New York State has now designated COVID-19 as a “highly contagious communicable disease” as defined under the New York Health and Essential Rights (HERO) Act. The designation carries some significant changes in how employers deal with COVID in the workplace.
Our labor and employment team has been fielding questions from our clients across a wide variety of industries seeking answers on how this designation impacts their businesses and what they need to comply with the HERO Act.
Though the Act lacks a degree of specificity in several elements of its rollout, a few things are clear:
- If you are an employer in New York State, you are now required to have a written Airborne Infectious Disease Exposure Prevention Policy and Plan in place to protect your employees and visitors against COVID-19. That plan must also be actively implemented.
- As part of the written policy, according to the Act: “Health screening for the disease shall be performed at the beginning of the workday, in accordance with guidance issued by State Department of Health or the Centers for Disease Control and Prevention, as applicable.”
- The time is now. Don’t wait until you have time to roll out your policy. Don’t take a lax approach to implementing or enforcing it. There are penalty and whistleblower components to the HERO Act, and you don’t want to end up on the wrong end of a complaint due to lack of compliance.
- The New York State Department of Labor has created a model policy template that can be used for businesses that may not have the time or resources to develop their own plan. Many employers are using the model policy as there are places within the model policy that permit an employer to insert additional measures or processes that are specific to their workplaces. You can find the state’s template here. If you do decide to develop your own plan, we are here to answer your questions and work with you on a plan that is compliant with the standards sets forth in the HERO Act.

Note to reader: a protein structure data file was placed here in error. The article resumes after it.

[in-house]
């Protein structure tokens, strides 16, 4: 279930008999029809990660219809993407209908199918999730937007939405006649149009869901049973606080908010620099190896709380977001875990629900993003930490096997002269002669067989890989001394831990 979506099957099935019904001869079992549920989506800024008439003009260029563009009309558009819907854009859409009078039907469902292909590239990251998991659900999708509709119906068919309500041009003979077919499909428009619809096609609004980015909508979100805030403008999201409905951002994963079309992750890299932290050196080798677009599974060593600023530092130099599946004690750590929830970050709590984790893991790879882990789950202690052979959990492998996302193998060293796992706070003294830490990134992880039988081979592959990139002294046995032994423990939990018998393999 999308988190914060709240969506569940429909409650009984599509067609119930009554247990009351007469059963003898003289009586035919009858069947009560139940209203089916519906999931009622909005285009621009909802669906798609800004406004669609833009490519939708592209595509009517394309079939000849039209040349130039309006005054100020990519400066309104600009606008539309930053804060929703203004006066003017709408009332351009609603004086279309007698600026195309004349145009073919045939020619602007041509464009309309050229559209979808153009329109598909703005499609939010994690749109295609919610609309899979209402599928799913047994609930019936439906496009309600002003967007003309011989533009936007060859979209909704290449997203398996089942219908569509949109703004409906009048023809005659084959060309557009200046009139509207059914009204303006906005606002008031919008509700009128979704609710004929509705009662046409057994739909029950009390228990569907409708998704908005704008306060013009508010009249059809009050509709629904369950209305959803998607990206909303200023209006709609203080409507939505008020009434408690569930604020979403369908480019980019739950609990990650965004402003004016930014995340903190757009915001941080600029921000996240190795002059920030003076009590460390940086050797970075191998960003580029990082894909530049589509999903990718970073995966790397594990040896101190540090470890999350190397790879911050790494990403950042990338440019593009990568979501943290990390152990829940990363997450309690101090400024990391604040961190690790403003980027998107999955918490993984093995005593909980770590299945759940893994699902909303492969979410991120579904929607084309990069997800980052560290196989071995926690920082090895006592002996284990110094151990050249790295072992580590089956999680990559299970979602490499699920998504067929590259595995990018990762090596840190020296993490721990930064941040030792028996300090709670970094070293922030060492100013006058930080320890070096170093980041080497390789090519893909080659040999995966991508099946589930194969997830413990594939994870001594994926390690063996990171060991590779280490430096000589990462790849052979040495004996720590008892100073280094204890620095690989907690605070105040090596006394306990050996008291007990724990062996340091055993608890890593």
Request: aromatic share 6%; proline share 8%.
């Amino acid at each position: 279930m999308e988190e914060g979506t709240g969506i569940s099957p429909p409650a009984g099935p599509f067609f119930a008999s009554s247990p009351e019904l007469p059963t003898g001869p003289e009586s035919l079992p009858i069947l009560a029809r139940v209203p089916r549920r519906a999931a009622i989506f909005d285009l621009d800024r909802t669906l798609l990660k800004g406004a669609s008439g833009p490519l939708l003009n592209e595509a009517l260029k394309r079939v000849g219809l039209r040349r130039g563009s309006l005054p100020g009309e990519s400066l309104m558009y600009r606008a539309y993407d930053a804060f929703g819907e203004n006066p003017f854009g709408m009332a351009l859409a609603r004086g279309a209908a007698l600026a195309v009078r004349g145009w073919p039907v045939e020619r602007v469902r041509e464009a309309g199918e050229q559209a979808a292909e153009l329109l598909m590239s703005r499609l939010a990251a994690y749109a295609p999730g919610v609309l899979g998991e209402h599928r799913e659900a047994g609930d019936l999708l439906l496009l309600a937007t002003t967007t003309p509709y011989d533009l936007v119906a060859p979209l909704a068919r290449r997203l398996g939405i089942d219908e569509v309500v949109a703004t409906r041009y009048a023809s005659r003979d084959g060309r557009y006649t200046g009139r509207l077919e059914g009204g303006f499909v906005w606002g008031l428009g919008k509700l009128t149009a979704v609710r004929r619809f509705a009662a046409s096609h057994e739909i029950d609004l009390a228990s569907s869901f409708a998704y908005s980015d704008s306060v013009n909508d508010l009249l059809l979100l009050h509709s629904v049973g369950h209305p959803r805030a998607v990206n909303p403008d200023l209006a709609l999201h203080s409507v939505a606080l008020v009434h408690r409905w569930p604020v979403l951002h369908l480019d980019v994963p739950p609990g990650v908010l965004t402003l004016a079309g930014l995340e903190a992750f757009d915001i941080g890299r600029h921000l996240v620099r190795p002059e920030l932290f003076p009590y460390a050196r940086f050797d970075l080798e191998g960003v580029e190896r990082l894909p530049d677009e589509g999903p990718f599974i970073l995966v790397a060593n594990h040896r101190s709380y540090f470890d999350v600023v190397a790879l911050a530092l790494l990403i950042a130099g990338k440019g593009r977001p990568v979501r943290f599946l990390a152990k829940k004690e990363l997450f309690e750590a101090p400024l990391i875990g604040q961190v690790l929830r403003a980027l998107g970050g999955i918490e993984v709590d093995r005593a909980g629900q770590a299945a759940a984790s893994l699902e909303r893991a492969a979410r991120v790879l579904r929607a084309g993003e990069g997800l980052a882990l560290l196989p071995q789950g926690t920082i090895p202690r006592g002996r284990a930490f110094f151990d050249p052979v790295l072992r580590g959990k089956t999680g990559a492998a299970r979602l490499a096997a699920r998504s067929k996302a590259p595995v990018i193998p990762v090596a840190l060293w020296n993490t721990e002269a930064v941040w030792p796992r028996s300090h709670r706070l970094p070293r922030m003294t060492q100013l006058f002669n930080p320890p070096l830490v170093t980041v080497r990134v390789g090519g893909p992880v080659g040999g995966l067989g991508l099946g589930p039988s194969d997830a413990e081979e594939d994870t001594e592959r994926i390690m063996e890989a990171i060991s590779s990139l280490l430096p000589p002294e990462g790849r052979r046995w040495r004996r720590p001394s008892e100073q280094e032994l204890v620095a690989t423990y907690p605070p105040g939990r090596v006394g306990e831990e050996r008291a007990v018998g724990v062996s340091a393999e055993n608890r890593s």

- An employer is not responsible for adopting and implementing a plan for tele-commuting employees’ workspaces (typically such employees’ houses) provided the employer does not maintain control over these workplaces.
- One last piece of guidance: if you have created a plan, make sure you are distributing it to ALL employees either physically or via email. That includes all new employees joining your organization. You’ll also want to document receipt of the plan by each employee and keep that record in case it is needed down the road.
There is some ambiguity within this latest NYS regulation, and we expect more clarity to come down from Albany in the days and weeks to come. For example, currently there is no distinction between vaccinated and unvaccinated employees as to the applicability of various sections of the prevention plan. In the meantime, we are available to work with our current and future clients to ensure you remain in compliance and can continue to focus on the work of your organization.
Click here to read the full release from Gov. Hochul’s office
Click here to learn more about the HERO Act.
Katherine Liebner is an attorney at Gross Shuman P.C. Ms. Liebner focuses her practice in the areas of estate planning, estate and trust administration, and labor and employment law. She can be reached at 716.854.4300 ext. 236 or email@example.com.